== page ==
Stone circle moves to new home overlooking £250m Glasgow regeneration scheme

A modern-day stone circle, built 40 years ago in a deprived part of Glasgow, is set for rebirth as part of a major regeneration project in the heart of the city.

Science writer Duncan Lunan inspects the new site of his modern-day stone circle, which has been moved in its entirety as part of a £250m regeneration of Glasgow's Sighthill area. Picture: John Devlin
Science writer Duncan Lunan inspects the new site of his modern-day stone circle, which has been moved in its entirety as part of a £250m regeneration of Glasgow's Sighthill area. Picture: John Devlin

The ring of stones, which stood on a hill in the city’s Sighthill area, was earmarked for demolition as part of the £250 million redevelopment scheme, but proved so popular with the public it has been saved and translocated.

Commanding a panoramic view over Glasgow city centre, the 17 stones will stand at the spot originally picked in the 1970s but ruled out due to tower blocks obscuring the horizon sight lines.

As well as the giant whinstone slabs, selected from a quarry in Kilsyth, topsoil from the old site is also being moved to preserve funeral ashes scattered at the landmark.

Works to raise the megaliths into place on their the custom-built platform is continuing over the next few days, with the final stone to be erected in time for the spring equinox. Picture: John Devlin

The circle – the first astronomically alligned version to be built in the UK for around 3,000 years – was the brainchild of Troon-based science writer Duncan Lunan, who has been back on site overseeing the latest works.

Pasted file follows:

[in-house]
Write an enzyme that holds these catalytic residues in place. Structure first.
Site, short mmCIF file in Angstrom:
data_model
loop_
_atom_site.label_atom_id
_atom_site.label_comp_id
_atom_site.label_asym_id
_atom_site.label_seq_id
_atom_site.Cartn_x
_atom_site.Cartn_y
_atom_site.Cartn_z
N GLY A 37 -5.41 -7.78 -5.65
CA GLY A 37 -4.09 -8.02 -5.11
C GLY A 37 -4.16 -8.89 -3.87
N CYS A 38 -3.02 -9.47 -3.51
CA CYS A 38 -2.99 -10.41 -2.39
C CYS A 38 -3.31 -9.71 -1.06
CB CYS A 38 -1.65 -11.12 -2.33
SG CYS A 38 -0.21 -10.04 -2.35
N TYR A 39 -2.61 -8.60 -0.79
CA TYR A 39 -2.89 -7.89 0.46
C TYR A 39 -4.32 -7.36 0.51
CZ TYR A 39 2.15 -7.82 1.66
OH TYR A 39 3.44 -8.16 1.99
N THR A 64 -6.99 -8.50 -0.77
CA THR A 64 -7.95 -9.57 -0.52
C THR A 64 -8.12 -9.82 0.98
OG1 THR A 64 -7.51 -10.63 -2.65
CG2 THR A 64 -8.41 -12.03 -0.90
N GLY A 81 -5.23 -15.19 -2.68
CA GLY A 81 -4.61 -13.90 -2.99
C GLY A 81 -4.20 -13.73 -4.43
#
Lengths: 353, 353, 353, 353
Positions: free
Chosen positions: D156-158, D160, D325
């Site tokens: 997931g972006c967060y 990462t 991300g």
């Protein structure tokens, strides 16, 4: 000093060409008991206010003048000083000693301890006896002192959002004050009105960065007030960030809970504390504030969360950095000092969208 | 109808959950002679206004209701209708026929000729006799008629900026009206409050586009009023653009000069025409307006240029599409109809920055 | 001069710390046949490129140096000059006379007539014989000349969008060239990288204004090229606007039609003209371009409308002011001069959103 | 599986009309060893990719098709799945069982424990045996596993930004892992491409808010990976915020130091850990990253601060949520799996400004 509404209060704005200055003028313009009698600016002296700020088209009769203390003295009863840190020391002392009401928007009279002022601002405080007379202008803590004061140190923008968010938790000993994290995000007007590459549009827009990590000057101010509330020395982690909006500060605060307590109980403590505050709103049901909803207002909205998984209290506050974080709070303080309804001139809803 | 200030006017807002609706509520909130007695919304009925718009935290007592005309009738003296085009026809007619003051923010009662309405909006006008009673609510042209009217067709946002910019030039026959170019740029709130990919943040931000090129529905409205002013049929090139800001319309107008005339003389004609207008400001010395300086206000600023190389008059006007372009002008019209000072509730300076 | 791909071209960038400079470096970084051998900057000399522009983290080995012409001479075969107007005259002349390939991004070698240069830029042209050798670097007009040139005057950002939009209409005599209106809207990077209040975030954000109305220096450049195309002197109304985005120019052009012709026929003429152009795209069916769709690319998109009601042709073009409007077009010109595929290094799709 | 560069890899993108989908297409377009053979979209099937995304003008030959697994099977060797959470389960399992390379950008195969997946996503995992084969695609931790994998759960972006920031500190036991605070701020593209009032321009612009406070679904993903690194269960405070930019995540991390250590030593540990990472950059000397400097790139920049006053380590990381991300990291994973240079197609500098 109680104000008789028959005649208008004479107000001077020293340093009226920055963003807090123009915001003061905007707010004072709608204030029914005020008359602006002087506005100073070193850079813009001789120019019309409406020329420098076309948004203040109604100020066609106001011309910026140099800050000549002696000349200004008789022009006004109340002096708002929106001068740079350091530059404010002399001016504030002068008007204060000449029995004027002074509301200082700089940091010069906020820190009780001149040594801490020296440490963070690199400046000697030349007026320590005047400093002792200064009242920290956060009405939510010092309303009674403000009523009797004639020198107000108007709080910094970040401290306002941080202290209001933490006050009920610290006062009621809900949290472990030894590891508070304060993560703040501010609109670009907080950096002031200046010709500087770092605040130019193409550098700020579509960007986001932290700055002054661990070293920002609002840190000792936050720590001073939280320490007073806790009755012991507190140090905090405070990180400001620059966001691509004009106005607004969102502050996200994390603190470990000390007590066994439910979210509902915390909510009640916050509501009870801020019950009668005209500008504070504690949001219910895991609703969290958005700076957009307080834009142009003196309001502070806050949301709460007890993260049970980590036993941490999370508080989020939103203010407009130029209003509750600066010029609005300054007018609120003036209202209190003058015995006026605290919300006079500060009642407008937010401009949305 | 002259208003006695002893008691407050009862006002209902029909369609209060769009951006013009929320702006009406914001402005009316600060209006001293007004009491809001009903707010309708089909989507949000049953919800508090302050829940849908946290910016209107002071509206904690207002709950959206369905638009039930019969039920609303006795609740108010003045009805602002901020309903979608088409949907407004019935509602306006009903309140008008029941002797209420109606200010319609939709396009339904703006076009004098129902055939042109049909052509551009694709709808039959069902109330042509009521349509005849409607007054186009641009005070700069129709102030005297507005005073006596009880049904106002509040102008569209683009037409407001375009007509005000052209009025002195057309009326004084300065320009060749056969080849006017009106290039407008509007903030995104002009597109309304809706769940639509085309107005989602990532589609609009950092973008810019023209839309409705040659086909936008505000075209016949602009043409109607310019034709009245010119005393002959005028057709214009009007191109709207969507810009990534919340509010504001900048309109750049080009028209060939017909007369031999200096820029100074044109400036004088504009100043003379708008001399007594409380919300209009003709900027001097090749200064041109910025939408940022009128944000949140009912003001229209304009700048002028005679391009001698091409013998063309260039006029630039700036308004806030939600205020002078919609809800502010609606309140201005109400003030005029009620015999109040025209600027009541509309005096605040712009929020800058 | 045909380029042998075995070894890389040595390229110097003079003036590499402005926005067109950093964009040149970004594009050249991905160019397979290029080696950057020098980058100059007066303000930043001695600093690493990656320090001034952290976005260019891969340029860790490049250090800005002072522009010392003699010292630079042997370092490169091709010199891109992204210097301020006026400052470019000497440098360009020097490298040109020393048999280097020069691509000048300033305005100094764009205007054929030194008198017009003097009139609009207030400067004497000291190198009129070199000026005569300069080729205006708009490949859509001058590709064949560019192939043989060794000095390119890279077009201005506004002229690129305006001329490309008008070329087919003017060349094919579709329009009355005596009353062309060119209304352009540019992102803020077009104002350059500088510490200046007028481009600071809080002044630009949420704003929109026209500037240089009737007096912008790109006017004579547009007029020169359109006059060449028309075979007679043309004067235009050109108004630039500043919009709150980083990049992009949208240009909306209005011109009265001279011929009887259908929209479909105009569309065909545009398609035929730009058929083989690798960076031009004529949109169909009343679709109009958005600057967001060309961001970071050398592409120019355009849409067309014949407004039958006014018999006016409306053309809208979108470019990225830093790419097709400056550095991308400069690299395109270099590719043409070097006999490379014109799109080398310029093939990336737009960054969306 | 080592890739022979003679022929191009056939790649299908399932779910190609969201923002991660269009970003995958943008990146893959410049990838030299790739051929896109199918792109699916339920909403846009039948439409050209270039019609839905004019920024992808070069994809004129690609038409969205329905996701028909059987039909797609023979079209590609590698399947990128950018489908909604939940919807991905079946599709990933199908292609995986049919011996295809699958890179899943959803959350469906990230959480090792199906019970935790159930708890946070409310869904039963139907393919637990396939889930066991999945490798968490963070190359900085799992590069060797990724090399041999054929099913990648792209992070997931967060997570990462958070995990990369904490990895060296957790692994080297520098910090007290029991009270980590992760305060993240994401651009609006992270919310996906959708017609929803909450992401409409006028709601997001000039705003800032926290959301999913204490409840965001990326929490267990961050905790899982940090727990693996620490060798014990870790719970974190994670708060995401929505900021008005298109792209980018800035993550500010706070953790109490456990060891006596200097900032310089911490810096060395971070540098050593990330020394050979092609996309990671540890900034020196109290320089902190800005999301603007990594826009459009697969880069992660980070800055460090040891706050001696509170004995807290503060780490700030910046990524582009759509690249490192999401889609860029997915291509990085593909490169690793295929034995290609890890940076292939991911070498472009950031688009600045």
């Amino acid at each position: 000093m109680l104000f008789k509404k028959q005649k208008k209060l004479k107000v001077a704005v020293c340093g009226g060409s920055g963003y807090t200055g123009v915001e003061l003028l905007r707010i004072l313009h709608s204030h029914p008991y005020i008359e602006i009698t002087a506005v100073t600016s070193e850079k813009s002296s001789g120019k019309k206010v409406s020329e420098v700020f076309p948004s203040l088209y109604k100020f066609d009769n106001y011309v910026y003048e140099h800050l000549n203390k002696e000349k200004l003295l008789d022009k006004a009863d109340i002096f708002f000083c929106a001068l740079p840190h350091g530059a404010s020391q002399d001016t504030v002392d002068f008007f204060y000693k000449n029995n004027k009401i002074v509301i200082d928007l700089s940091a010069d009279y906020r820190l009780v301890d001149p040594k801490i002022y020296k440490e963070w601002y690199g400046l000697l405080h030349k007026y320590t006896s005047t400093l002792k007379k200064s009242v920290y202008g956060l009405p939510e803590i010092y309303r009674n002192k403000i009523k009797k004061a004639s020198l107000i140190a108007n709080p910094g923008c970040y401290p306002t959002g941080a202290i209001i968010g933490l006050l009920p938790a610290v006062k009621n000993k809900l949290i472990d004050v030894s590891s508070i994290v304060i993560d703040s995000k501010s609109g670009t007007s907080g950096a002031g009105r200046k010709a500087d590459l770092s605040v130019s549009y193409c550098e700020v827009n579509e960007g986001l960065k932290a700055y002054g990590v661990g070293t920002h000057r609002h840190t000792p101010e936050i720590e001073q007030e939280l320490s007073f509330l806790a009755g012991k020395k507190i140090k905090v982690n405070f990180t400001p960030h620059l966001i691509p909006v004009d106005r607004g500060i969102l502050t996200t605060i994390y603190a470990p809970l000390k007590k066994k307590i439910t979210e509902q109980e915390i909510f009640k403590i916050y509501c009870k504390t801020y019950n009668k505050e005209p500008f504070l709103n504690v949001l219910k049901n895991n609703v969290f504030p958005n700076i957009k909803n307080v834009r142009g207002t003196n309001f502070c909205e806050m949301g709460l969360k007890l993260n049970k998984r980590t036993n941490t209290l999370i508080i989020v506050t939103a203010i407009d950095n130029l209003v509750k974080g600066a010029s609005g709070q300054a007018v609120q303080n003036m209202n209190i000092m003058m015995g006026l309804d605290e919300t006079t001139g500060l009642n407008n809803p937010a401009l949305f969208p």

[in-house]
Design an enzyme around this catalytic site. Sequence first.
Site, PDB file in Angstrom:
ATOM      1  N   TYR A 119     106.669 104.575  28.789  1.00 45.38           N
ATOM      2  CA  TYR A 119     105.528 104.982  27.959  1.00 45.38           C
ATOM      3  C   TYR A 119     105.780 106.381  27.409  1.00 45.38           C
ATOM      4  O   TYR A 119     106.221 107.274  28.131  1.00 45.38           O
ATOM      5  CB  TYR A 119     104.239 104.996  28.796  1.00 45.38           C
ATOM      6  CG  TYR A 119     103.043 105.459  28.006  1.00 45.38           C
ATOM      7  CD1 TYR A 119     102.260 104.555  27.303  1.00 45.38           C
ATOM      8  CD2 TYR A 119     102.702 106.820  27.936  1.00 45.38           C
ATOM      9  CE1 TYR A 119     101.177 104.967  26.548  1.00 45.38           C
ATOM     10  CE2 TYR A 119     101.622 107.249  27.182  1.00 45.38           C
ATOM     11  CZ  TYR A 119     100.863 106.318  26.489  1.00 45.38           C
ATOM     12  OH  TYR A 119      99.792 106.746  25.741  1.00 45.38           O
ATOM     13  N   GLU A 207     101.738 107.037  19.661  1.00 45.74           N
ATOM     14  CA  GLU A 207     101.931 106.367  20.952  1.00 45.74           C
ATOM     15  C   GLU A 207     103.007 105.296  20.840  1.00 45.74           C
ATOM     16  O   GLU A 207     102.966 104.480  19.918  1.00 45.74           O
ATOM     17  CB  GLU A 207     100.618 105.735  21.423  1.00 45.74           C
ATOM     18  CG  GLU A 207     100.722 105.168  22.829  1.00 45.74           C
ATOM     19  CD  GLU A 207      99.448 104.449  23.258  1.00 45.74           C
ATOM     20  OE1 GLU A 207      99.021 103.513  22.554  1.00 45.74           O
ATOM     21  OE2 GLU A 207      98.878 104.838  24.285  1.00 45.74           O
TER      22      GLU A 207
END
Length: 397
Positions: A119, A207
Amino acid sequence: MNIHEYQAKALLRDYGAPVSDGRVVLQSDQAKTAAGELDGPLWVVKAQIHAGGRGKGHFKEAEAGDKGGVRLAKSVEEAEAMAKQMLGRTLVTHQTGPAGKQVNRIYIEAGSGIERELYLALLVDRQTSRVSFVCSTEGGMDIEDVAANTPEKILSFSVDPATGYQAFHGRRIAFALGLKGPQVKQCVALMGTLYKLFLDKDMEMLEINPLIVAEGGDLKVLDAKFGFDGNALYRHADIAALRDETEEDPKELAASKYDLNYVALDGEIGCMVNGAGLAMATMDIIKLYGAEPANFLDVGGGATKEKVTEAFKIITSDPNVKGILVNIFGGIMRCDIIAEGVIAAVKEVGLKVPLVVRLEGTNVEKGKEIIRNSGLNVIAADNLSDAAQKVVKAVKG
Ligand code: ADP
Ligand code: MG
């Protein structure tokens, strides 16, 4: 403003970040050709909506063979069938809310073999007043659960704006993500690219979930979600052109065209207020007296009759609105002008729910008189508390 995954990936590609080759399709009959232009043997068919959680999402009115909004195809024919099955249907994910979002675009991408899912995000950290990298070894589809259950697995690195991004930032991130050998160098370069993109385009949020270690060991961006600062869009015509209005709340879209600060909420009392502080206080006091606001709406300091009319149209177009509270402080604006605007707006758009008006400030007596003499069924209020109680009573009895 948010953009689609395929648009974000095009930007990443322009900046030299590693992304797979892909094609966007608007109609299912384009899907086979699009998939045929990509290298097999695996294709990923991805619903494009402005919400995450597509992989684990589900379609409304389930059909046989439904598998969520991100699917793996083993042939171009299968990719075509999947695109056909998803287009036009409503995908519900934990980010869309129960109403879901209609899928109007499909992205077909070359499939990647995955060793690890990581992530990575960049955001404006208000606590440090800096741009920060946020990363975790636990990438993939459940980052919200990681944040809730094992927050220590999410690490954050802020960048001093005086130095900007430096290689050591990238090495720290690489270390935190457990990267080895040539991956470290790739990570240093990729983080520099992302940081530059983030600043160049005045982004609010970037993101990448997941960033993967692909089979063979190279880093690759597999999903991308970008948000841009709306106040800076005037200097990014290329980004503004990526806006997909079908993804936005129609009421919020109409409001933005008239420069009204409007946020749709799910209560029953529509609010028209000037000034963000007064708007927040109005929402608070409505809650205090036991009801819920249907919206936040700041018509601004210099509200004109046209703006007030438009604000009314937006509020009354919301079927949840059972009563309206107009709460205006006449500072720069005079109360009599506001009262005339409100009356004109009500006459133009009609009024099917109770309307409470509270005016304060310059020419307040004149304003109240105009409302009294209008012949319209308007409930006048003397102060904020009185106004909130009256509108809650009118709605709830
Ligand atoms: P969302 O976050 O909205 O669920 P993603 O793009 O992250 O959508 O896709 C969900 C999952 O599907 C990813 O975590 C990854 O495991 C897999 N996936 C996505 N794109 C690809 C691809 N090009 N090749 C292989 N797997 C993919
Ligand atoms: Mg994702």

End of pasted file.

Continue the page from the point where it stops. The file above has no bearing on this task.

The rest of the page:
Drawing inspiration from prehistoric monuments at Callanish in Lewis, the Ring of Brodgar in Orkney and Wiltshire’s world-famous Stonehenge, he designed the circle as an astronomical observatory with the standing stones aligned with the sun and moon and so able to mark the passing seasons.

As part of the shift, Mr Lunan has had to recalculate the positioning of the stones to suit their new home.

But he believes the recreated circle will be even more imposing than its first incarnation and closer to his vision for the megalithic site as the 6ft-tall stones will be set higher out of the ground.

The astronomically alligned Sighthill stone circle was originally erected with the help of a Royal Navy helicopter crew and unveiled on the spring equinox - 20 March - in 1979

He said: “In the original site some of the stones were half buried due to the slope they stood on but now they will be erected at their true height.

“We’ve had to make a couple of changes and recalculate the alignments for each stone to take account of the new location but I’m very happy with it so far.

“The new site means the stones will be more visible than before and can be seen from the road.

“I think they were a slightly under-appreciated asset for the community but now they stand as a symbol of the area’s regeneration.”

Most of the stones are already in place, with the rest due to be erected in the next few days.

The final stone will hoisted into place in time for the spring equinox, on 20 March – exactly 40 years from the day it was first completed in 1979.

Councillor Susan Aitken, leader of Glasgow City Council, said: “The re-emergence of the Sighthill Circle is a fitting symbol for the regeneration of the area, an area which in the near future will welcome a new community, schools campus, parkland and connections to the city centre and nearby communities.

“The support for the retention of the stones was compelling and I’m delighted they will now become a central feature of a reborn Sighthill, linking to the area’s past and acting as a gateway to a new neighbourhood that was for too long disconnected from the rest of the city.”

The job of erecting the circle was carried out under a government job-creation scheme.

As project manager, Mr Lunan suggested it should serve as a tribute to Scots archaeoastronomists Prof Alexander Thom and his son Dr Archie Thom, Prof Archie Roy and Dr Euan Mackie.